Boeing Cargo Air Vehicle

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Boeing Cargo Air Vehicle
Role Cargo eVTOL
National origin United States
Manufacturer Boeing NeXt
Status Under development

The Boeing Cargo Air Vehicle is a unmanned, fully electric cargo air vehicle (CAV). It was made possible by an investment of Boeing HorizonX Ventures.[1]


At the beginning it was remote control-operated, but then changed to autonomous flight. First flight tests have been in 2017. The CAV is for research of autonomy technology for aerospace vehicles in the future. In Boeing’s Ridley Park wind tunnel flight tests have been finished. There are plans to use the light and detection ranging (LIDAR) to see 10 miles ahead. It was flying indoor in 2018 before outdoor flights in 2019. With the Boeing CAV there are new possibilities for the transport of time-sensitive and high-value goods and to conduct autonomous missions in remote or dangerous environments.[2][3]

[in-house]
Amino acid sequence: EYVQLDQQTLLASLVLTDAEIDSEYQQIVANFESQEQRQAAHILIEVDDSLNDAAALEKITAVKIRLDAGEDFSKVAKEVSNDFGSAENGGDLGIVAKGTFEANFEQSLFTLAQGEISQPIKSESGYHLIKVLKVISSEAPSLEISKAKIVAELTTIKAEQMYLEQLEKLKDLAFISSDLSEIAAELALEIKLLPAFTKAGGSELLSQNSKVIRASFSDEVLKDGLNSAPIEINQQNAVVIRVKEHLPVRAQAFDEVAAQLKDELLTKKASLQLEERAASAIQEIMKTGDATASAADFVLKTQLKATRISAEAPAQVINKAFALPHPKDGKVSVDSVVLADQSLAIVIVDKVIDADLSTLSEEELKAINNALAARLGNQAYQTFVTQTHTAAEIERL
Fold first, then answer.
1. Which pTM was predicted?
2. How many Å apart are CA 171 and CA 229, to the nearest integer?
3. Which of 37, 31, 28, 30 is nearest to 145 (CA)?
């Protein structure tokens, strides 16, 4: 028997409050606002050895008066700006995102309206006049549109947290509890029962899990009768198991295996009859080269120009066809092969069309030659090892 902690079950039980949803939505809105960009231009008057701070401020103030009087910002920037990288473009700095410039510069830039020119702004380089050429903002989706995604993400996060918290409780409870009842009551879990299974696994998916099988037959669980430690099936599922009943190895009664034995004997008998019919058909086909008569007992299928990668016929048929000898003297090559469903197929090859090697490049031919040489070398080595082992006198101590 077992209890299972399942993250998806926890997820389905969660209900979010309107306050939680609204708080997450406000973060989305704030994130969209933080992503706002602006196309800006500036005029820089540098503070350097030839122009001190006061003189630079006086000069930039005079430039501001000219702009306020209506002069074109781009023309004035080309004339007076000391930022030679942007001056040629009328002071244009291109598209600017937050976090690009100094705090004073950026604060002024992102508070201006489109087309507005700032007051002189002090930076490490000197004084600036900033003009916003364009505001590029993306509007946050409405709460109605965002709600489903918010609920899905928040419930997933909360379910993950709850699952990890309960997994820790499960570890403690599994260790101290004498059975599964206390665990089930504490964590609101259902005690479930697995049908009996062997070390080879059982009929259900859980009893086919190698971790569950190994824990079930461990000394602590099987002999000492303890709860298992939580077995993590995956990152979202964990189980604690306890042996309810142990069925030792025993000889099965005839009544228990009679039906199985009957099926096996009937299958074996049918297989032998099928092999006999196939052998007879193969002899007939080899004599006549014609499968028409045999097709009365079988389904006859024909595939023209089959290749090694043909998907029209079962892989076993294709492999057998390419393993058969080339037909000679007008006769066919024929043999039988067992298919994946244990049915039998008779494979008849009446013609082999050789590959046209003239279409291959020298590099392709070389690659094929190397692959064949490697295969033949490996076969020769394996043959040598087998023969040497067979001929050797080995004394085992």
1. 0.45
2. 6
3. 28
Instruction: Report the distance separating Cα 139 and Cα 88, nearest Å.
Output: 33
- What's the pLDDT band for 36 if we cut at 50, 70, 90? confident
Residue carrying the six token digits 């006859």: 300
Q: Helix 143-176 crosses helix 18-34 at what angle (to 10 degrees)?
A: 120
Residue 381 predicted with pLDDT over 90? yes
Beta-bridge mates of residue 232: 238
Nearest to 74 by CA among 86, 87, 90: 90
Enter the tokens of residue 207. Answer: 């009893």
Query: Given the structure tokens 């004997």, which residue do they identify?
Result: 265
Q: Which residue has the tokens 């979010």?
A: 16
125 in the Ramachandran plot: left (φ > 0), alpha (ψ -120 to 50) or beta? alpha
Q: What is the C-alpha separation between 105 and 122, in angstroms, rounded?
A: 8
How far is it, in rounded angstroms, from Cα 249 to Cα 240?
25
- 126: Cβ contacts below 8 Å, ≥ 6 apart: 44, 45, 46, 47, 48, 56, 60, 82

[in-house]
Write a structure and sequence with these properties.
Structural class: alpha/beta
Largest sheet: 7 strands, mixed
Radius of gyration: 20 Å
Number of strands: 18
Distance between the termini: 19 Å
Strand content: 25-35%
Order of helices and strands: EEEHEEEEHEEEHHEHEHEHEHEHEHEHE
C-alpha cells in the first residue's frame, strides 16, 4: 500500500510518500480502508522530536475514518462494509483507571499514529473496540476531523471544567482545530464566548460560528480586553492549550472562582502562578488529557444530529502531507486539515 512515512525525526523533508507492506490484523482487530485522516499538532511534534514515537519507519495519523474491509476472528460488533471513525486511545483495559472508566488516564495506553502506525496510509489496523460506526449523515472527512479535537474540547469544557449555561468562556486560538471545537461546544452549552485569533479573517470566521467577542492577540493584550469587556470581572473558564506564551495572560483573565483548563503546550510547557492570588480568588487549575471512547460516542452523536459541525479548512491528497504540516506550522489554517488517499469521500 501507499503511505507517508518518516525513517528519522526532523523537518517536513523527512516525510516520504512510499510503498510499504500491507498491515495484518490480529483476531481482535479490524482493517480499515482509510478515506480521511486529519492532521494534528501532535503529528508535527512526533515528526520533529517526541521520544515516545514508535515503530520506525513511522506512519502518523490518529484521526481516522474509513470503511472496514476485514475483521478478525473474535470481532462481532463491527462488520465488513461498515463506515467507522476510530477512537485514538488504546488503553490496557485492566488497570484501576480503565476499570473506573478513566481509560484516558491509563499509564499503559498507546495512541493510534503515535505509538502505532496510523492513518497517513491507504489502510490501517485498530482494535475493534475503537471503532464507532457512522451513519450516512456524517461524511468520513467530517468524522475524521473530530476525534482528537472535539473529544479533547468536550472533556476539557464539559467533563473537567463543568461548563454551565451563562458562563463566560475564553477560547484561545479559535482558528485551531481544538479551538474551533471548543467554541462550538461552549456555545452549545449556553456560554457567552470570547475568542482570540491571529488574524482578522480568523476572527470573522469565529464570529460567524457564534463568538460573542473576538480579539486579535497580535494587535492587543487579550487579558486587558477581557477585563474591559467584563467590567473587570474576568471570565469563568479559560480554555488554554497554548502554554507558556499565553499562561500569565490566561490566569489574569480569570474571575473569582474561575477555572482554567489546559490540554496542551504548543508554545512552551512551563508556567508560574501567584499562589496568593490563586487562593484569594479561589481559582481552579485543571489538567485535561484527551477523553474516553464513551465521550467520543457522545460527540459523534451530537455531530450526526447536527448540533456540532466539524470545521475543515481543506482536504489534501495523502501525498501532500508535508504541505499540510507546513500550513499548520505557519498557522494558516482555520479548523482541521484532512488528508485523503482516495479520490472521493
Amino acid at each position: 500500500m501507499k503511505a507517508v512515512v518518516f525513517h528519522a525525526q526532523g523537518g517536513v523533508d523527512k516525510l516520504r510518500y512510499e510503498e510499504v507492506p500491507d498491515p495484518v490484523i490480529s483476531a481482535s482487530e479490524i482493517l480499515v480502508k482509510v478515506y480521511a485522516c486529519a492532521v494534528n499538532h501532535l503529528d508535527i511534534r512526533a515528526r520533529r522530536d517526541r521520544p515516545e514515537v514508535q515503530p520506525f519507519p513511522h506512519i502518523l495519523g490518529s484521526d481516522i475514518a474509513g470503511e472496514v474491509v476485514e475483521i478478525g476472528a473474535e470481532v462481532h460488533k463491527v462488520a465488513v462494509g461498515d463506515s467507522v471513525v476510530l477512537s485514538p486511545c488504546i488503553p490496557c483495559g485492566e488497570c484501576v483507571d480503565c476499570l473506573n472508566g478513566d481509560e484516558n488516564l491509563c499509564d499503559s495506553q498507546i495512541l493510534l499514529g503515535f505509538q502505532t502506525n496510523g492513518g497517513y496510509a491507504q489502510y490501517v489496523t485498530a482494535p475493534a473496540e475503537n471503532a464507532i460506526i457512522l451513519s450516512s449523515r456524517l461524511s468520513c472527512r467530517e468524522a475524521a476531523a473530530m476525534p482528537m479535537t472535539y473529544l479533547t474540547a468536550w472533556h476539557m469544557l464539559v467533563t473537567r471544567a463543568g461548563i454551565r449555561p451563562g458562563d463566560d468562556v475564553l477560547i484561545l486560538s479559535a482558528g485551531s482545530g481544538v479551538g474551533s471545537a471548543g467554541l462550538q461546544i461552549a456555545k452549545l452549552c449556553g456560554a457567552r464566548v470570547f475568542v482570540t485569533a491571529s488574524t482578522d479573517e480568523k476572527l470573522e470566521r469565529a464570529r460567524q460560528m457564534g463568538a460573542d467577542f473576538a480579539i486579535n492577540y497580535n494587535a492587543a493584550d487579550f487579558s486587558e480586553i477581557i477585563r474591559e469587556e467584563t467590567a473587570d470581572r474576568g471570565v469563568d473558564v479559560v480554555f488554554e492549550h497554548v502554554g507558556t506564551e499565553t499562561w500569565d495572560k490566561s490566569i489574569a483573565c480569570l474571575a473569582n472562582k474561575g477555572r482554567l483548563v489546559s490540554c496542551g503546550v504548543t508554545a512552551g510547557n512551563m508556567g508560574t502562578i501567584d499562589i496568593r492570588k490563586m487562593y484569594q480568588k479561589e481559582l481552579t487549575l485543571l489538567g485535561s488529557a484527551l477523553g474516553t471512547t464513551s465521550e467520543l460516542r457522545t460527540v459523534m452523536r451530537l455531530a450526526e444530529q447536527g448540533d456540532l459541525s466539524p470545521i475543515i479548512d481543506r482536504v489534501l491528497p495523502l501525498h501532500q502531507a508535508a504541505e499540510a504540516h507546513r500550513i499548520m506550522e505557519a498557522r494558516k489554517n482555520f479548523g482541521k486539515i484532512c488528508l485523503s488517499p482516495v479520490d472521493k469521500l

Its configuration evolved to six dual-rotor systems with 12 propellers and the first outdoor flights tests were done by May 2019, including forward flight transition.[4]


In less than three months, the CAV was designed and built by 50 engineers.[1][5]


Data from Boeing[4]

General characteristics

  • Crew: None (autopilot)
  • Capacity: up to 500 pounds (227 kg) payload
  • Length: 17 ft 6 in (5.33 m)
  • Wingspan: 20 ft 0 in (6.1 m)
  • Height: 5 ft 0 in (1.52 m)
  • Empty weight: 600 lb (272 kg)
  • Max takeoff weight: 1,100 lb (499 kg)
  • Powerplant: 6 × Vertical Electric dual propeller

Similar types[edit]

Related developments[edit]

See also[edit]


  1. ^ a b Alex Davies (January 14, 2018). "Boeing's Experimental Cargo Drone Is a Heavy Lifter". wired. Retrieved March 19, 2019.
  2. ^ "Boeing Cargo Aerial Vehicle". Electric VTOL News. Retrieved March 19, 2019.
  3. ^ Woodrow Bellamy III (July 24, 2018). "Boeing Exploring Autonomy, LIDAR in Future Air Cargo Aircraft". aviationtoday. Retrieved March 19, 2019.
  4. ^ a b "Watch: Cargo Air Vehicle Completes First Outdoor Flight" (Press release). Boeing. May 2, 2019.
  5. ^ "Boeing Cargo Air Vehicle (CAV)". TRANSPORT UP. Retrieved March 22, 2019.

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